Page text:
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Can I substitute Bullseye for Red Dot?

Where should I start for a load when FF 6mm Rem to AI and 257 Roberts to AI using Bullseye and Cream of Wheat or Cornmeal?

Thanks,.
Kevin
 

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To make cases for my 35 Whelen AI, I was told by the gunsmith to use 10 gr of Bullseye, fill the case up to the bottom of the neck with cornmeal and put a ball of tissue to hold things in. It worked fine. I shot them into a stack of newspapers in my basement. The muzzle blast and cornmeal bullets don't tear up the newspapers that bad. The odor of burnt cornmeal really stinks. I was told that this is the best way to fireform cases. The powder charge may be debatable, smaller cases may need less powder, but the method works. The cases completely fill out the chamber, and are perfect coming out. You want to clean out your chamber after every few shots or your cases will have imprints of cornmeal grains on them.
 

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GBertolet - Did your gunsmith say how the 10 gr. charge was determined? Fill the case full and take a percentage of that amount as a starting load or was it derived through trial and error? I figured Red Dot and Bullseye were fairly close in burn rate but wanted to confirm. What I'm trying to find out is if there is some guideline for the amount of powder to use when fireforming with corn meal. If not, then has someone fireformed 6mm Rem & 257 Roberts to AI using the corn meal/ cream of wheat method that can give me a place to start with the powder charge. I don't have enough Bullseye left in my inventory so I'll have to purchase more of it or I can purchase Red Dot instead. Any help would greatly be appreciated.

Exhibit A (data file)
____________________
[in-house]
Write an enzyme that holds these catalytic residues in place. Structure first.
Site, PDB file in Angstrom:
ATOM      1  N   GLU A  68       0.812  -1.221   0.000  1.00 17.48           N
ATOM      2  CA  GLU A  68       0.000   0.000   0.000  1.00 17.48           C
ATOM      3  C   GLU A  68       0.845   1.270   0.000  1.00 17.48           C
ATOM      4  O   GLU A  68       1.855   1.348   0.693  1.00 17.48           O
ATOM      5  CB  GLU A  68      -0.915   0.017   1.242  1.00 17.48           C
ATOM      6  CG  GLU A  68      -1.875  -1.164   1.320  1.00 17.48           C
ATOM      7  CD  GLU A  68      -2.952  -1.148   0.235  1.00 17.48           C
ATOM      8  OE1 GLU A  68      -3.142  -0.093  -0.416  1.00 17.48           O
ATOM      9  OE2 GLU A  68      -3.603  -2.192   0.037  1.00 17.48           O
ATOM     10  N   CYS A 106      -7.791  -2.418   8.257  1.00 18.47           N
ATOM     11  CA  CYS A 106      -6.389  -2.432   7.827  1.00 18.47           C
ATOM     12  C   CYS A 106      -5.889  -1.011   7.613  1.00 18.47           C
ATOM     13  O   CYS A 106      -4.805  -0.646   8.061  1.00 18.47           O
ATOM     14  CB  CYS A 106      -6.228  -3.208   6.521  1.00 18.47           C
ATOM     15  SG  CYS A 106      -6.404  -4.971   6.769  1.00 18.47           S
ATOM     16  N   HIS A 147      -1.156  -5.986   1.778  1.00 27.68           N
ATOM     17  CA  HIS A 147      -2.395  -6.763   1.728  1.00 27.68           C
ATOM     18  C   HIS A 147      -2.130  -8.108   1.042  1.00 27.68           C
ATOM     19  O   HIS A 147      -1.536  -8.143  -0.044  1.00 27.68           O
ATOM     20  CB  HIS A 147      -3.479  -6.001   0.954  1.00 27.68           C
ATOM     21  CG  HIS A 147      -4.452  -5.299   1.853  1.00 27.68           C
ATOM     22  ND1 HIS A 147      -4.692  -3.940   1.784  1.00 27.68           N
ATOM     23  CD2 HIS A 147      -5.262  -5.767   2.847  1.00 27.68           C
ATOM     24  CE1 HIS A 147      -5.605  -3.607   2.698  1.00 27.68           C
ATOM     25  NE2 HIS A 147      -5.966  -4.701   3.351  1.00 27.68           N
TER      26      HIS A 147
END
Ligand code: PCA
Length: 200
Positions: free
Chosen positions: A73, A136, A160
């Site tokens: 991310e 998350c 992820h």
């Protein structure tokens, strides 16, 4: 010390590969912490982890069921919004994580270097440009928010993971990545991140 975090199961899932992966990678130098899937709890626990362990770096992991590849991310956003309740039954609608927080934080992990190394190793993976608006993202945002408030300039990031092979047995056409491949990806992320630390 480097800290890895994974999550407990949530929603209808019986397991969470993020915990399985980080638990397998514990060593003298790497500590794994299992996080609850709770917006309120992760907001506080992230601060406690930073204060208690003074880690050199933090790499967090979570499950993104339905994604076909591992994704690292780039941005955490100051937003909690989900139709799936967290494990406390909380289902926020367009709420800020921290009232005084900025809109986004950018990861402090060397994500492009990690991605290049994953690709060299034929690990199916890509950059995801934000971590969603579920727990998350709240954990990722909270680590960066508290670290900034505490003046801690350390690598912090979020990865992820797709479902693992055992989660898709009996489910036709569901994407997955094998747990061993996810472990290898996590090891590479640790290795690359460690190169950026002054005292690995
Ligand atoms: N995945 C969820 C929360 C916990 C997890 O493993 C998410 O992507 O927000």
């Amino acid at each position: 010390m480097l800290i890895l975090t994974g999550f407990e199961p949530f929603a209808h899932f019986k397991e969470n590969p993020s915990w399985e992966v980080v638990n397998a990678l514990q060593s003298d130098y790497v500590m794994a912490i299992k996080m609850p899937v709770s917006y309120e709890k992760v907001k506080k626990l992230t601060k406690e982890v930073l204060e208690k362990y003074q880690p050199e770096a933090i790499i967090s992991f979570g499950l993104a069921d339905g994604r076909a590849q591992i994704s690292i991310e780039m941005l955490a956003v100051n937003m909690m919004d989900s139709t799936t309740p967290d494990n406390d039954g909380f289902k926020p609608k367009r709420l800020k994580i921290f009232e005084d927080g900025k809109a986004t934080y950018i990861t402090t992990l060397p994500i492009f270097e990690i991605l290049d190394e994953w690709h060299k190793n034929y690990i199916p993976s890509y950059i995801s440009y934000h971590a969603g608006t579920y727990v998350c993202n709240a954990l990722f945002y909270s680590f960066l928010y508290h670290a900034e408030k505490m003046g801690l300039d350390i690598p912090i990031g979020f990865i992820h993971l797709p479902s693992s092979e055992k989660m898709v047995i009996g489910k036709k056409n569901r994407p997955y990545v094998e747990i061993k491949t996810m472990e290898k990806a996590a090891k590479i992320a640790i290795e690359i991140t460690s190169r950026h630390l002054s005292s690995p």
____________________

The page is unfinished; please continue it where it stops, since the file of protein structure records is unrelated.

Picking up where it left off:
Thanks,
Kevin
 

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I've always 'wasted a bullet', Marshall! 338-06, 8mm-06, 6.5-06, and 416 Taylor; all with a low load for the cartridge. Worked out fine, but there is that lead going downrange with zero confidence on repeatable target hits.
 

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Works just fine.

Will usually try a few test cases, checking out one and upping the charge in the next if it didn't fill out. Once i got the balance right, will load up the remainder.

Main point of not using a bullet is not just about cost, it allows fire forming away from a range.

Will have to search, but in the past posted about a "fire form bucket" that has worked fine to cut noise to an acceptable level for basement or garage use.
 

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I am not sure how my gunsmith came up with the 10gr of Bullseye charge weight with the cornmeal. He built a lot of custom rifles, many for wildcat cartridges, so it must be from experience. I just know the 10gr charge of Bullseye works well on the 30-06 to 35 Whelen AI fireform. I think Ribbonstone's advice is sound on reducing the charge for your smaller case, and incrementaly increase until you get the proper case fill out of the chamber.
 

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I have reloaded a little for the 7MM IHMSA. I just load the cases up
with a lighter charge and go down to the range and shoot. It's a lot
more fun than messing around with corn meal.

Zeke